My love affair with America began with TV in the 1970s.
I’m sitting in a traffic jam. Four lanes of cars snaking their way up Punt Road Hill. Continue reading “Thoughts in a traffic jam.”
Winnie told me to do it. ‘On the day, go to the Lovers Rock up on Bowen Road and touch it. It will bring you good luck, lots of children.’ She had cackled and dug me in the ribs. Taoist mumbo-jumbo hocus pocus I had thought at the time.
But for this day, my day of days when I long for my mother’s voice and the touch of her hand, touching something resembling an Earth Goddess might have to do.
Looking down to my right I see the snaking traffic on Queens Road East and the neon signs fading out. Makes no difference that it is a Sunday – every day is a working day in Hong Kong. Even the day I get married.
I reach Bowen Road as it runs along to Magazine Gap Road. Incense sticks seep smoke at the small shrines that line the roadway, and old men amble along, passing the time of day as they criss-cross each others’ paths. Some men kick their legs out as they walk- dressed in the uniform of old Hong Kong men; baggy grey shorts, white singlet, and Kung Fu slippers.
Under the banyan trees in the sitting out area a group of ladies practice tai chi. One of them has brought a portable cassette player and the crash and wail of Chinese opera drown out my thoughts. Mum used to do tai chi – until she got sick.
I hit my stride, breathing deeply and get all caught up with a group of Hash House Harriers, gweilos, training for next years Trailwalker. I use them as a front-runner clipping at their heels. I envy their rise and fall, their unity and their business.
I reached Lovers Rock. I usually run the other way so have never seen it before. But I recognise it. A giant penis-shaped piece of granite covered in daubs of red paint and prayer papers. In a crevice under the rock are Chinese god ornaments arranged in a small shrine. I bend to read the sign. I am at the Home of the God of Love apparently. Nearby two women pull oranges out of a striped bag and place the oranges next to the ornaments. An old man is setting up a card table and pulls out a sign in English and Chinese reading “Fortunes told.” I am not sure what to do. Winnie hadn’t gone into detail about that. I go up the steps and pat the side of the rock. Stuck on the side of the mossy surface are fragments of incense sticks and ash. There are yellowing photos of happy couples wedged in a crevice. I wonder why they left them there.
So that’s it I think as I turn to run back. Job done. Good luck won.
Back at the apartment, my fiancee wanders around in a bath towel. Our flatmate offers to make me tea. I ask for a gin and tonic – a double. She understands. She is Scottish and it is my day, and if I want to drink gin at 10am -that’s fine.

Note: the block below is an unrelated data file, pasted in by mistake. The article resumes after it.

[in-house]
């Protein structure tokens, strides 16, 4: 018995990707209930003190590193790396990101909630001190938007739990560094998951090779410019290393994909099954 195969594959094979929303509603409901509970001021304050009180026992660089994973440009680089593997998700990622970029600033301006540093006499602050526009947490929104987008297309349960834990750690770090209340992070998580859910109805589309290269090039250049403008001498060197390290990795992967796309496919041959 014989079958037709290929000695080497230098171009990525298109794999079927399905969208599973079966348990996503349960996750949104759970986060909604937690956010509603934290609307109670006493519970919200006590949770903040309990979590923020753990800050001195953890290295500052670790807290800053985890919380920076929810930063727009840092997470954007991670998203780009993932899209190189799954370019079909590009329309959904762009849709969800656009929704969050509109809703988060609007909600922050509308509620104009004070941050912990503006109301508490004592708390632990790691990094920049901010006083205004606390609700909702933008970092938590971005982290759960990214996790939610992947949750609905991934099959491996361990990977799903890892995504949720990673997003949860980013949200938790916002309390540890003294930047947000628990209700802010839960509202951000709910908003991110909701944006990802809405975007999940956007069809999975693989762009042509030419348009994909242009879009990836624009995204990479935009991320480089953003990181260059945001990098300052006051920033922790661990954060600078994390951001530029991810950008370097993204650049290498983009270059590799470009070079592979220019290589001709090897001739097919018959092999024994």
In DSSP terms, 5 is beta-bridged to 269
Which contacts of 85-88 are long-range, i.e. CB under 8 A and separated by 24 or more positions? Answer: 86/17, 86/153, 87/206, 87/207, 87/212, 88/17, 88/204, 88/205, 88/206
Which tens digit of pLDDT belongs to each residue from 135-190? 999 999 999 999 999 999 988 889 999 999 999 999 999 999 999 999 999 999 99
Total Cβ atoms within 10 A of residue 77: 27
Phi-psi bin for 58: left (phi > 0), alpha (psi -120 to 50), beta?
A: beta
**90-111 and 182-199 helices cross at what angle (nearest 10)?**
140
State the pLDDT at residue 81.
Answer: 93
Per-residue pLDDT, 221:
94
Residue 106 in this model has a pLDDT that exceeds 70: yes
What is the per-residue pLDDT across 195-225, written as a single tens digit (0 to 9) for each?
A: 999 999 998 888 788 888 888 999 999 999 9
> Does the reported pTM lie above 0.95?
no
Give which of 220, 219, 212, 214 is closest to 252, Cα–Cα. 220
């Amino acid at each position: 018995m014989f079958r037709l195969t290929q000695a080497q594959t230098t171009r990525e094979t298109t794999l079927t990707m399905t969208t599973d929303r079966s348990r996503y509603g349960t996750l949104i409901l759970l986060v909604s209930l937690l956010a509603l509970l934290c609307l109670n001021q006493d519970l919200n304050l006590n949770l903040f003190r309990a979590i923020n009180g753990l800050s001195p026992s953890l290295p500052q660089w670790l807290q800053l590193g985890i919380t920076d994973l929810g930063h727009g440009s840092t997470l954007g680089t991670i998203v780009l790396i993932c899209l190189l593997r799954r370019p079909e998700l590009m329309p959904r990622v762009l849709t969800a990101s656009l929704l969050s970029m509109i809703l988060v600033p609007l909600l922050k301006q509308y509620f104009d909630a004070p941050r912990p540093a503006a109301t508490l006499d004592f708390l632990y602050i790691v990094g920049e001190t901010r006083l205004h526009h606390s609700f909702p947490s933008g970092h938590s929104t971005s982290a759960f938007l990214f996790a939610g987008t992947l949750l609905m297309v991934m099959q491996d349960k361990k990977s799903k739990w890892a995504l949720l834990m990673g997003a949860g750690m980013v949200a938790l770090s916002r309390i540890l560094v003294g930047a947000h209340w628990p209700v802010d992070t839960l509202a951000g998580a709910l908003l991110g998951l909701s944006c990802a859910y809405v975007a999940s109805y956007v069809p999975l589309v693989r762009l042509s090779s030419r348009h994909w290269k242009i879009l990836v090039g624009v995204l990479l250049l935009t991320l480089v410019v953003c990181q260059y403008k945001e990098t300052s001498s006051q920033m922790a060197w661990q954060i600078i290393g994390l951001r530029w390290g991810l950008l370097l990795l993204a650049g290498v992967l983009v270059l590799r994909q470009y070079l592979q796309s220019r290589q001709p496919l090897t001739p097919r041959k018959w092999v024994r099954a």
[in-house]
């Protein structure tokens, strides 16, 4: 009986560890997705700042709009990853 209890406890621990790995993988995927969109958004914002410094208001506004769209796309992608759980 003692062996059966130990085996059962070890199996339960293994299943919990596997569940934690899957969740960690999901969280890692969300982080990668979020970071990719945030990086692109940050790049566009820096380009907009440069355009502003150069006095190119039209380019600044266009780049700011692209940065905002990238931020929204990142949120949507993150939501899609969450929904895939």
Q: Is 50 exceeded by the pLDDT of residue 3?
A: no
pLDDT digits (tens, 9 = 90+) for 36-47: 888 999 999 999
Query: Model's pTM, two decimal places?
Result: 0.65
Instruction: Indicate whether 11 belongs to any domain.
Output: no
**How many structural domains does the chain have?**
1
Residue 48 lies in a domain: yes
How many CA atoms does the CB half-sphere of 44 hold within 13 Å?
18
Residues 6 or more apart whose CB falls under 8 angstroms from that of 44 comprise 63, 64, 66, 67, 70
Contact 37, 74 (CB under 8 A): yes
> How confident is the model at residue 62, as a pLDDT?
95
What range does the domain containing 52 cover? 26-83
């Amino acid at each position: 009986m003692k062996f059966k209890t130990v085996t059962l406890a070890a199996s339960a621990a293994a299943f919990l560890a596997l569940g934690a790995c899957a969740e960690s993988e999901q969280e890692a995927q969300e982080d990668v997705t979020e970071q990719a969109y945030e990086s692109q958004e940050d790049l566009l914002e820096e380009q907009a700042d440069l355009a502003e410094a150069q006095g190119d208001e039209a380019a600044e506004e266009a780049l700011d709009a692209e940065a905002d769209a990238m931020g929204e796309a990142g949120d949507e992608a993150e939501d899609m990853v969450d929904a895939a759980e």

Later. Out on the street. Heart pounding as we hail a cab, me clutching the last minute bouquet with the tinfoil from the florists still wrapped around.
We arrive. Remember it’s the day of all my days. The wood panel walls of City Hall smell of polish and age and privilege. Mix in the smells of designer bags and shoes, and the new suit scent of the nervous grooms. Funny, I am noticing all this. I should be looking at him only, him across the room pacing and looking at his watch. One of the nervous grooms. He laughs at something Nick says in his too loud English accent.
My girlfriends push and pull me. Photo here. Touch up there. Smudge the lipstick here. ‘Your hair is messed up,’ says Therese. ‘Let me fix it’. I breathe deep. I look around. I see it. A door. A room just for me. Brides Room. The sign says so in English and Chinese. The glass on the door is frosted. I imagine what’s inside. Minions. Comfortable chaise lounge. Grapes. Pedicure. Glass of champagne for the blushing bride. MTV. It will be my room and my time.
I open the door. Inside there is nothing. Just a giant powder room with royal red carpet and mirrors down one wall for the prink and the fix. No minions and no chaise lounge and no champagne. A faint whiff of old carpet and I hear the whine of the air conditioner and the distant sound outside of Nick haw-hawing.
A knock on the door.
‘Are you OK in there?’ says my beloved. ‘I think we are up next.’ I look in the mirror and my mother’s eyes look back at me. ‘Coming,’ I say.
Twenty-five years later we’re in Hong Kong on holidays. Some friends still live there, others have flown in from Auckland and London. We’re reunited for a fiftieth birthday. And on our first morning, we walk past City Hall and there are the brides and the nervous grooms just like us a quarter of a century ago. We eat dim sum at Maxims with Nick(our best man) and Tania, our Scottish flatmate, and Dominque, the birthday girl- who were our witnesses. As the dim sum carts trundle past we toast our long friendship, our looming wedding anniversary and plan the next reunion for another fiftieth birthday in two years time.
The death knell of the holiday begins as the taxi from the airport takes the exit ramp on to Bell street.